LETHBRIDGE – A new study from the University of Lethbridge suggests aboriginal populations routinely subjected to racism may experience symptoms of post-traumatic stress disorder, and that repeated racism may play a role in prescription drug abuse.
An assistant professor in the U of L’s faculty of health sciences interviewed 372 aboriginal adults in Edmonton in 2010. Dr. Cheryl Currie’s study found 80 per cent of adults said they had experienced high levels of racism that year at work, in public spaces, or seeking health care. The study found frequent racial discrimination caused extreme stress.
“A lot of people in the literature are saying, ‘yes, experiencing racism is stressful. But it’s not PTSD-level stress’,” Currie said. “I didn’t know if it was or not, but I said, ‘let’s look’.”
Currie’s research suggests individuals may respond to discrimination in ways that extend beyond their psychological control that are consistent with post-traumatic stress disorder. She speculates those affected by routine racism may be using prescription drugs to cope with the symptoms.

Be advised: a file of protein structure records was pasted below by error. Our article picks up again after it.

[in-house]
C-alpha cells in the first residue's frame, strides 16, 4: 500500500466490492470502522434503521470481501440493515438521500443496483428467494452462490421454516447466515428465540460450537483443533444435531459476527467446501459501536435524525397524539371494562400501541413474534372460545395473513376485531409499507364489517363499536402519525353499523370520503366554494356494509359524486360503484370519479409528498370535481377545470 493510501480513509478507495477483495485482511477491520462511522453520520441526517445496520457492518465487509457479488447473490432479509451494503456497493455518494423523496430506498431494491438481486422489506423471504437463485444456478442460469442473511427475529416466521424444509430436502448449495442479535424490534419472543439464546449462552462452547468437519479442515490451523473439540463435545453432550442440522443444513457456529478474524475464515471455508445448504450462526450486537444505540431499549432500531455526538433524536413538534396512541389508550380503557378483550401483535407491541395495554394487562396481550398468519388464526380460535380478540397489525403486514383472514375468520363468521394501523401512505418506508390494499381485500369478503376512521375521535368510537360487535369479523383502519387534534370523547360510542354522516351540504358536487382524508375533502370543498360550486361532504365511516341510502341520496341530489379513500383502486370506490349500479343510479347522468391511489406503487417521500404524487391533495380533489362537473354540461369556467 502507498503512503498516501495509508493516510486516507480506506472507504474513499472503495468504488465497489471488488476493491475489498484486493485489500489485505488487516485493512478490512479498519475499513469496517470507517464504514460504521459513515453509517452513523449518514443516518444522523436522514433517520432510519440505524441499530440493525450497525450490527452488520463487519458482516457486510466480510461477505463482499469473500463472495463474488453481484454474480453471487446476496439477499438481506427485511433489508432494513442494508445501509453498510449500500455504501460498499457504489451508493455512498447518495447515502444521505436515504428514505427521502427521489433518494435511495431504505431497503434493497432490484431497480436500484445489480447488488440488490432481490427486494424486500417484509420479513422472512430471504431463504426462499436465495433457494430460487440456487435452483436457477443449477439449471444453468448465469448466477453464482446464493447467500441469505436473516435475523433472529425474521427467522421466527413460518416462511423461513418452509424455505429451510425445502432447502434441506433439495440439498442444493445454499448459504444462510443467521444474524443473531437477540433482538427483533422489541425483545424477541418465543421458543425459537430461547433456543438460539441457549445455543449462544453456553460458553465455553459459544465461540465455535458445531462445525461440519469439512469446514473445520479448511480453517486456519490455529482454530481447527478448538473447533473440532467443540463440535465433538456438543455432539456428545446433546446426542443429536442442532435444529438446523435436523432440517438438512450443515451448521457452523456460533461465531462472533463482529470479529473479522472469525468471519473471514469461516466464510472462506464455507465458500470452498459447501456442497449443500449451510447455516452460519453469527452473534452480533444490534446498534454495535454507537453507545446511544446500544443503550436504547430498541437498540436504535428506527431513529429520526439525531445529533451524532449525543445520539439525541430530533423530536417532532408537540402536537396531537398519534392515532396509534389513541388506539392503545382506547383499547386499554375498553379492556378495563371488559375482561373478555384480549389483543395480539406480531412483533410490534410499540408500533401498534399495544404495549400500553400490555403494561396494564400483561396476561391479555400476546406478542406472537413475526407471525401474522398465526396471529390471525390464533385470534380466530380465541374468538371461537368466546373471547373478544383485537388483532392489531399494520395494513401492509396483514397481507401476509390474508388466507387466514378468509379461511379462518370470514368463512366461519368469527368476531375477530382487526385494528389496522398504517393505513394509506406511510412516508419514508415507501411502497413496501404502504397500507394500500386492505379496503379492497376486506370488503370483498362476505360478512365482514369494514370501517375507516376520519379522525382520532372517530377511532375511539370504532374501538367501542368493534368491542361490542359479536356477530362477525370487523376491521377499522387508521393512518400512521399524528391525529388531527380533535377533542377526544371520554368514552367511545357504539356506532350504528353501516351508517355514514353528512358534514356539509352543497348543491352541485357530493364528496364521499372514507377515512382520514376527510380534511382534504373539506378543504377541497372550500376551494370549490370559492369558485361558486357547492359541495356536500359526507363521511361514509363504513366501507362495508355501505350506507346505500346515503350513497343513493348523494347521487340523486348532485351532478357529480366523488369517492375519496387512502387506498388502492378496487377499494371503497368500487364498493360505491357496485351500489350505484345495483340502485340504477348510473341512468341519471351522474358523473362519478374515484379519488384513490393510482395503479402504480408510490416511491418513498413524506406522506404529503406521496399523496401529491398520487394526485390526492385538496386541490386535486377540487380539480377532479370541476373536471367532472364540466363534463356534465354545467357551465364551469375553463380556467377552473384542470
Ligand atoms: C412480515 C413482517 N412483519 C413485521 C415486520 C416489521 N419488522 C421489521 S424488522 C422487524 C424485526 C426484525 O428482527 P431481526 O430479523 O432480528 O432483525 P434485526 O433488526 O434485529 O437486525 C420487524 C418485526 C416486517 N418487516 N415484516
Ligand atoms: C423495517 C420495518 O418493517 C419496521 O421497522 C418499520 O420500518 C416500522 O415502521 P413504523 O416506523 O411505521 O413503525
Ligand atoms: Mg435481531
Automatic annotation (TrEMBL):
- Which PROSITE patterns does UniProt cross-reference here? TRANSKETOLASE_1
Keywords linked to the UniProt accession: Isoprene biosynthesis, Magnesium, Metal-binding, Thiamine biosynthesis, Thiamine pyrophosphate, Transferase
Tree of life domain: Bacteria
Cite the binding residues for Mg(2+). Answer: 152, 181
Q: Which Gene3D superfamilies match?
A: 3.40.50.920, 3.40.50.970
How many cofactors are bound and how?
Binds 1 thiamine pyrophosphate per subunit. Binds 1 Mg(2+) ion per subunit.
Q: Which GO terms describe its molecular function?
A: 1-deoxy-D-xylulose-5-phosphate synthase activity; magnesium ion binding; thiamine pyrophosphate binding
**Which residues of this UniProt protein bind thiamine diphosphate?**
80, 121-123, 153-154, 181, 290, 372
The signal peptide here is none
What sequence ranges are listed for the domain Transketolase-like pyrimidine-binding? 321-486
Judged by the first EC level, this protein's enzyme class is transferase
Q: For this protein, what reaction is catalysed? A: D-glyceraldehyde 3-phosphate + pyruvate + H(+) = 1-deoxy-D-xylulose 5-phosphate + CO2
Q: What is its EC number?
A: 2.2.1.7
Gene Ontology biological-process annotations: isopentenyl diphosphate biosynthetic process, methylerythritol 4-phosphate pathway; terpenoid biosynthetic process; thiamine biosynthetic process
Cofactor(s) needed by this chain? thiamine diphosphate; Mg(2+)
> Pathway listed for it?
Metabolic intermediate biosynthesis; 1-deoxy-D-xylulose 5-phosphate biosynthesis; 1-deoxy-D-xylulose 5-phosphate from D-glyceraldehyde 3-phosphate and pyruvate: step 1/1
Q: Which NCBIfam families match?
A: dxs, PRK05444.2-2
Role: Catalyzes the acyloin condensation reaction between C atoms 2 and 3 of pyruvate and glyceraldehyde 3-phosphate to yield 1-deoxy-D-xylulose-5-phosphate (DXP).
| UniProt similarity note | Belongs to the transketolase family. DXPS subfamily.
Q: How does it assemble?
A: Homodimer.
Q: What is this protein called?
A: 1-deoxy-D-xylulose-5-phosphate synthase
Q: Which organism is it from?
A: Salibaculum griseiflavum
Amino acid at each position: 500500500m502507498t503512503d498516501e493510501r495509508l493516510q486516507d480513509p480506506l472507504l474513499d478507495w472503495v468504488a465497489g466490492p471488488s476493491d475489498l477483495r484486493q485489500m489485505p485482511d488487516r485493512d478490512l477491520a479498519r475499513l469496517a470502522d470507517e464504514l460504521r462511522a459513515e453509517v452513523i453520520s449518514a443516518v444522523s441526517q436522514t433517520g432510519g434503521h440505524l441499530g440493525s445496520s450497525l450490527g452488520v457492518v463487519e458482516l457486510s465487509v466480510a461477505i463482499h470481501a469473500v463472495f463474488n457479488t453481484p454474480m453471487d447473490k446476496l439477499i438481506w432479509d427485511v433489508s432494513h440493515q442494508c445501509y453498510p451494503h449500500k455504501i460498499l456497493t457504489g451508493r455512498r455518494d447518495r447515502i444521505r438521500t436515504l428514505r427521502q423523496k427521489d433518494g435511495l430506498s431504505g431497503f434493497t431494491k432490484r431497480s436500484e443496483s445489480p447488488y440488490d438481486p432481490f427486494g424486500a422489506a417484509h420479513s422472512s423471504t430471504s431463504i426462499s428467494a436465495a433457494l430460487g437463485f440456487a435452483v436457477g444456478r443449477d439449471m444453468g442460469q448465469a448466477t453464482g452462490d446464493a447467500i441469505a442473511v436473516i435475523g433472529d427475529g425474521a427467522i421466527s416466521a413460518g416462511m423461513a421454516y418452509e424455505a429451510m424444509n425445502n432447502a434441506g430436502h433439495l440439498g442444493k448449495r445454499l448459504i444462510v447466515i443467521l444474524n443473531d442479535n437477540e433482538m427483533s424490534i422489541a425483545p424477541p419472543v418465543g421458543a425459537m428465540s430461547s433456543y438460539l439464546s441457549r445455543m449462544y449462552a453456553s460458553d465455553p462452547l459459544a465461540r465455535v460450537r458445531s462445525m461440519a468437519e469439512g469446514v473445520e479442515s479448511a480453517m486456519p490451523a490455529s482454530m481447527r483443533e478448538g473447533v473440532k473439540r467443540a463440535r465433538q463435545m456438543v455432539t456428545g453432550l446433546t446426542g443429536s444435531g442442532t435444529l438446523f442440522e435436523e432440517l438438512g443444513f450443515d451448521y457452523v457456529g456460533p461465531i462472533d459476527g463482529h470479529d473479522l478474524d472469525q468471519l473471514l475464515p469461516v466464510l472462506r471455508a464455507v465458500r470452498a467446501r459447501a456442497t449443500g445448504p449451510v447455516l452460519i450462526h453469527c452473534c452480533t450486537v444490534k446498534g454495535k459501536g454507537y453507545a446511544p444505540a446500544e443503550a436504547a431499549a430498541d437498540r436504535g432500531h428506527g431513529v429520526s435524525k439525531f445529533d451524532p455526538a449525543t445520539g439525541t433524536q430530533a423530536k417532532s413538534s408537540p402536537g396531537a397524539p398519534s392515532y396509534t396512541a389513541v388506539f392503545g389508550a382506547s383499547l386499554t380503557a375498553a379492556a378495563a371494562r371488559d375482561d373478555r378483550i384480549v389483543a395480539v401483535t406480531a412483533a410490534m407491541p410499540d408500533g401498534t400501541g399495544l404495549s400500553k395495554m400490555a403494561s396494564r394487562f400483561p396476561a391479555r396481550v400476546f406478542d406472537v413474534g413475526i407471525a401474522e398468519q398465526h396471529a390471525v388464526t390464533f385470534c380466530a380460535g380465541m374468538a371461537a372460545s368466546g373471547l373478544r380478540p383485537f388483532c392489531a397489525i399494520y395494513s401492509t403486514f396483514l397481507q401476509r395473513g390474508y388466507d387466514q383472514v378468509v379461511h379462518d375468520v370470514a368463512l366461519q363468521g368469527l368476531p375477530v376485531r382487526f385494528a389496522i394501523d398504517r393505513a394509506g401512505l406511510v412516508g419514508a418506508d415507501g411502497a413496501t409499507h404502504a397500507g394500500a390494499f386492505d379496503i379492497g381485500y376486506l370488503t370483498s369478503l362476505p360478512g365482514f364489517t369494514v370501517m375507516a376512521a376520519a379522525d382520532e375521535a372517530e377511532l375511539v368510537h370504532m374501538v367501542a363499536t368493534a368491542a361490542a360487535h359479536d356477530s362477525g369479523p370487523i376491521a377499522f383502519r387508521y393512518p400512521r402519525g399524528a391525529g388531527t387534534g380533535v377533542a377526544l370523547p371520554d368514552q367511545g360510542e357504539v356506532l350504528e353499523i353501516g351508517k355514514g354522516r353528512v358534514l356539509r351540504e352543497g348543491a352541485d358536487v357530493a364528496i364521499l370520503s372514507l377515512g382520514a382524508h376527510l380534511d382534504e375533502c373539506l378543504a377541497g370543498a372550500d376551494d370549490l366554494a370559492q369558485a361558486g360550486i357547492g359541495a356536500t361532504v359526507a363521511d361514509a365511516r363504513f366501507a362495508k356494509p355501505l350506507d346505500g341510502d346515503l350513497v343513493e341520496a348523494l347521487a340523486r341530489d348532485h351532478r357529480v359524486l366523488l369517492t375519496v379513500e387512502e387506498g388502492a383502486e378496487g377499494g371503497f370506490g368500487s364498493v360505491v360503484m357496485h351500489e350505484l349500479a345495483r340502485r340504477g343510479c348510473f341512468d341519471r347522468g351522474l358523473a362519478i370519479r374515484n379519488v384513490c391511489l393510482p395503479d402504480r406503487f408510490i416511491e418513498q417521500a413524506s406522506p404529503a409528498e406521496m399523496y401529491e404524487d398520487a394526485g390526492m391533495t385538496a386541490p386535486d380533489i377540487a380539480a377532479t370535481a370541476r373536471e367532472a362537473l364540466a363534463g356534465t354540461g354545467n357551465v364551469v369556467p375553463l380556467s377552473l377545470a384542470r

“People are looking to escape these symptoms: nightmares, feeling jumpy, feeling on edge…just feeling afraid,” Currie said.
In many municipalities, there are organizations in place to try and eliminate racism. The Canadian Coalition of Municipalities against Racism and Discrimination holds workshops and training sessions across the country in an effort to address the problem.
“This is one of the most important areas in any community.”
“The mental effect it has when you’re oppressing something that has caused you so much harm based on something you can’t control…it can be very damaging to your mental health,” Roy Pogorzelski, inclusion consultant with the City of Lethbridge, said.
Currie says more research is needed to verify her findings, but notes the impact of racism on body, mind and behaviour is a growing field of research.